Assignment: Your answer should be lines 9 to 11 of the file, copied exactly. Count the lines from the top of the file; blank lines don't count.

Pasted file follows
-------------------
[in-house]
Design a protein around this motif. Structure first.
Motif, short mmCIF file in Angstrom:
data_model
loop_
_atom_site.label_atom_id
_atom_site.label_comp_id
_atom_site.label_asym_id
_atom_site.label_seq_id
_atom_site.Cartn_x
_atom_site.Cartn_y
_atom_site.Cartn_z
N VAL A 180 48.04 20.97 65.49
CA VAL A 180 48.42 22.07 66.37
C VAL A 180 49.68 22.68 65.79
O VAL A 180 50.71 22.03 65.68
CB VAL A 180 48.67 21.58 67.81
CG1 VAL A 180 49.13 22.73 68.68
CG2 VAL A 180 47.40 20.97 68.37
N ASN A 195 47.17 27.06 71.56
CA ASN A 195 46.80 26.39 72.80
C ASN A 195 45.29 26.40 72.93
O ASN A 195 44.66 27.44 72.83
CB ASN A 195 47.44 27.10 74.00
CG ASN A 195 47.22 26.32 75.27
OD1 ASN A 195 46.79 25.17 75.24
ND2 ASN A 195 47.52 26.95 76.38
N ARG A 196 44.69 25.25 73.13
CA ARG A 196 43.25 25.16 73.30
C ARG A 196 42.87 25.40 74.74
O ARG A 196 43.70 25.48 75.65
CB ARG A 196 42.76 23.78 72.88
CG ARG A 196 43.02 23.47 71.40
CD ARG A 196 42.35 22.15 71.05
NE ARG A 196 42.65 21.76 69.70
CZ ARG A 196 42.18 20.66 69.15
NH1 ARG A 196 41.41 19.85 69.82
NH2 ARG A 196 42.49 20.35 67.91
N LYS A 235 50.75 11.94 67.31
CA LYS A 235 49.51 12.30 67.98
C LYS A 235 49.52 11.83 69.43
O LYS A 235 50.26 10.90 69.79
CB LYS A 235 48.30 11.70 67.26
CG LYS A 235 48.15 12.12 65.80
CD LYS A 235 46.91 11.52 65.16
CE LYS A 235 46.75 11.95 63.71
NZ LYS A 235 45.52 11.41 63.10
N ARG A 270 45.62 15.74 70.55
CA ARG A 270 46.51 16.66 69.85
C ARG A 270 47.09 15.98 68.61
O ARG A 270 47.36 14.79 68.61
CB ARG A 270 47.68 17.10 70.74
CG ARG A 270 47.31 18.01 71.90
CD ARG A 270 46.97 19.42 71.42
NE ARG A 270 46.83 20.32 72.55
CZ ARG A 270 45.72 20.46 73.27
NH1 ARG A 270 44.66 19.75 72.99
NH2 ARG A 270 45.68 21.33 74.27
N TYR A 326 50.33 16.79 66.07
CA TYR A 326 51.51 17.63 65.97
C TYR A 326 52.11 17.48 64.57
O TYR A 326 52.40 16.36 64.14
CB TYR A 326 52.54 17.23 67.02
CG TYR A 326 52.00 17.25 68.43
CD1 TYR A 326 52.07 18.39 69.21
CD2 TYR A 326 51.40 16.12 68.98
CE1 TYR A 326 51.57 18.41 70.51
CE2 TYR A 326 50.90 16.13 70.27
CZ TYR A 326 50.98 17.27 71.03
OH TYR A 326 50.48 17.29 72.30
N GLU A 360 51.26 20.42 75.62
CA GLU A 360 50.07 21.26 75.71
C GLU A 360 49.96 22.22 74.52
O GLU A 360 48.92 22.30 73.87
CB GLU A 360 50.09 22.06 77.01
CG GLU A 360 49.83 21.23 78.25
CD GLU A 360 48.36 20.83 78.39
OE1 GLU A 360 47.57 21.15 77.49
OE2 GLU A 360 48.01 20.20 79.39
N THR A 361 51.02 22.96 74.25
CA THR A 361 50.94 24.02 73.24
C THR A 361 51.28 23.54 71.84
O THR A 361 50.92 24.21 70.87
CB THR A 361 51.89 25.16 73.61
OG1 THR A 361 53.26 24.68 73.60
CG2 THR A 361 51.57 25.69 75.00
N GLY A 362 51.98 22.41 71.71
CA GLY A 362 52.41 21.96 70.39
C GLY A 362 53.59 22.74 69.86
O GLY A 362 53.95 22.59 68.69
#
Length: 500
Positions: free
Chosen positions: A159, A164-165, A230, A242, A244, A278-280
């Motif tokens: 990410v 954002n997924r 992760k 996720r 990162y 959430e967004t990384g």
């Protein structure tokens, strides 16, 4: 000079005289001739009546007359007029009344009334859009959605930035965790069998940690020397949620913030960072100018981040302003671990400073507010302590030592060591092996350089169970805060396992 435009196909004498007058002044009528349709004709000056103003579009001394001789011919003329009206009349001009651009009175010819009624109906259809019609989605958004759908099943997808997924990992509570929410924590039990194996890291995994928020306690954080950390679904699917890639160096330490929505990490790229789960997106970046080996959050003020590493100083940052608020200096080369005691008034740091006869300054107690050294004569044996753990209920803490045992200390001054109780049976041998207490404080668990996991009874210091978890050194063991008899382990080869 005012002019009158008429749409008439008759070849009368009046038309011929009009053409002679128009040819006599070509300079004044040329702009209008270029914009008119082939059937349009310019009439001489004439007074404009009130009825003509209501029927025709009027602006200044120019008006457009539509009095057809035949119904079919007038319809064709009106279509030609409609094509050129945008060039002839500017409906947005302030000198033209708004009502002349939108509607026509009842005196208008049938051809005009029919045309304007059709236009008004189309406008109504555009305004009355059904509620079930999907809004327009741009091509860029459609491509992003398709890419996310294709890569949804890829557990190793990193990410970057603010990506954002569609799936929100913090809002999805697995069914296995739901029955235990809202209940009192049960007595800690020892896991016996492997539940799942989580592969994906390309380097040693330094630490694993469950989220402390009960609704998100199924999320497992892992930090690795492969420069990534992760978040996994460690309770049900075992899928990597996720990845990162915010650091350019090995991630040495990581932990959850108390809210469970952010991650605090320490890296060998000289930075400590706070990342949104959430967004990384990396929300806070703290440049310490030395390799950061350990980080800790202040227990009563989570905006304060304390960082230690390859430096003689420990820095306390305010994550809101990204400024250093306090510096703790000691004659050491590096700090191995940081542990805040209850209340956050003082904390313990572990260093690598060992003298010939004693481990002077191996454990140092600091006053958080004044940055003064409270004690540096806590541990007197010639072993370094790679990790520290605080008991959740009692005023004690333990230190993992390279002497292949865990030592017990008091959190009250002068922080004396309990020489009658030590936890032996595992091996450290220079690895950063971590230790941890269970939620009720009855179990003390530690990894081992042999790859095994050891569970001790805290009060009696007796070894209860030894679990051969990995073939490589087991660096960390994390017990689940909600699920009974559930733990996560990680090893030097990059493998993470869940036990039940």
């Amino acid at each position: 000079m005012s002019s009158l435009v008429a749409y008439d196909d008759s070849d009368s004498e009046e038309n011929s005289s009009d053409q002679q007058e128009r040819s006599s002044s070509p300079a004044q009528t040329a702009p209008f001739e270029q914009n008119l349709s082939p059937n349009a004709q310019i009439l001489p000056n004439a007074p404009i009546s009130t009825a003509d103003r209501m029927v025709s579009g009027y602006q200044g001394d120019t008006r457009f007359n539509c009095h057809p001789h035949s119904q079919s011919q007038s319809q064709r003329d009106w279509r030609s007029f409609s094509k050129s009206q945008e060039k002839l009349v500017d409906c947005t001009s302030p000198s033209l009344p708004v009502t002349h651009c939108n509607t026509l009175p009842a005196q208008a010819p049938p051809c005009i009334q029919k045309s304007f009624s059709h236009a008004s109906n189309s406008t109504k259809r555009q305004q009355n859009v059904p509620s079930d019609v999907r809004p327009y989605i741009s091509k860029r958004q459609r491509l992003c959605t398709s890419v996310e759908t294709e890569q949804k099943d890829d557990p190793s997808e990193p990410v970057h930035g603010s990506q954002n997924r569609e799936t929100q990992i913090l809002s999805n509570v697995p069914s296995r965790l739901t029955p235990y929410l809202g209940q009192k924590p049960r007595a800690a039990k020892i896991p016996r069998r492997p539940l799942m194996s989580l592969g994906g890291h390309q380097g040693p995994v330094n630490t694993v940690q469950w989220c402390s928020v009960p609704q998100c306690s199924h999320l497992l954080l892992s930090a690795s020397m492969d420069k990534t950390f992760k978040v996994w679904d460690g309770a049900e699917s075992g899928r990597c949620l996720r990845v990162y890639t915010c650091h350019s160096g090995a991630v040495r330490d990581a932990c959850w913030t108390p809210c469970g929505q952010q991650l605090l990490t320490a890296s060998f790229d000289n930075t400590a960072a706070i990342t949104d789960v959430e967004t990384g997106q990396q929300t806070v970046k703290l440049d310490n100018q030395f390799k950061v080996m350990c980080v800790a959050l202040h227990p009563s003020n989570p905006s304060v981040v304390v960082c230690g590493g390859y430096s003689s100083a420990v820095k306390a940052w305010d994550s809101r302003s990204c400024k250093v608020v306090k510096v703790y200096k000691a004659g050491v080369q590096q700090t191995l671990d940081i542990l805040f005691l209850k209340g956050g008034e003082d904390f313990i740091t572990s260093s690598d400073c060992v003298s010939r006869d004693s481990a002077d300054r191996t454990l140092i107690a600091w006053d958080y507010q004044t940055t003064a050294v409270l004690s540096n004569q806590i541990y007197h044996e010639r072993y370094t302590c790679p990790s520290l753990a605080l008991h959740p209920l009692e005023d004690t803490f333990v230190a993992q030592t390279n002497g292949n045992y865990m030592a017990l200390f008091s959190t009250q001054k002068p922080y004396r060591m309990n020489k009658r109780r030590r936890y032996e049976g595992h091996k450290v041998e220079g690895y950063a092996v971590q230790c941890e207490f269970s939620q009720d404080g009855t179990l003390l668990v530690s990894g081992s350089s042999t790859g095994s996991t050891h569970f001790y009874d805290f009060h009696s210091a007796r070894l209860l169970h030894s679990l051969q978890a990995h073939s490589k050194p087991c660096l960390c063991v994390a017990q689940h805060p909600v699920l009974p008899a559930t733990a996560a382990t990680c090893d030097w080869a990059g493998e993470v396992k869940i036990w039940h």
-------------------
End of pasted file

_atom_site.label_seq_id
_atom_site.Cartn_x
_atom_site.Cartn_y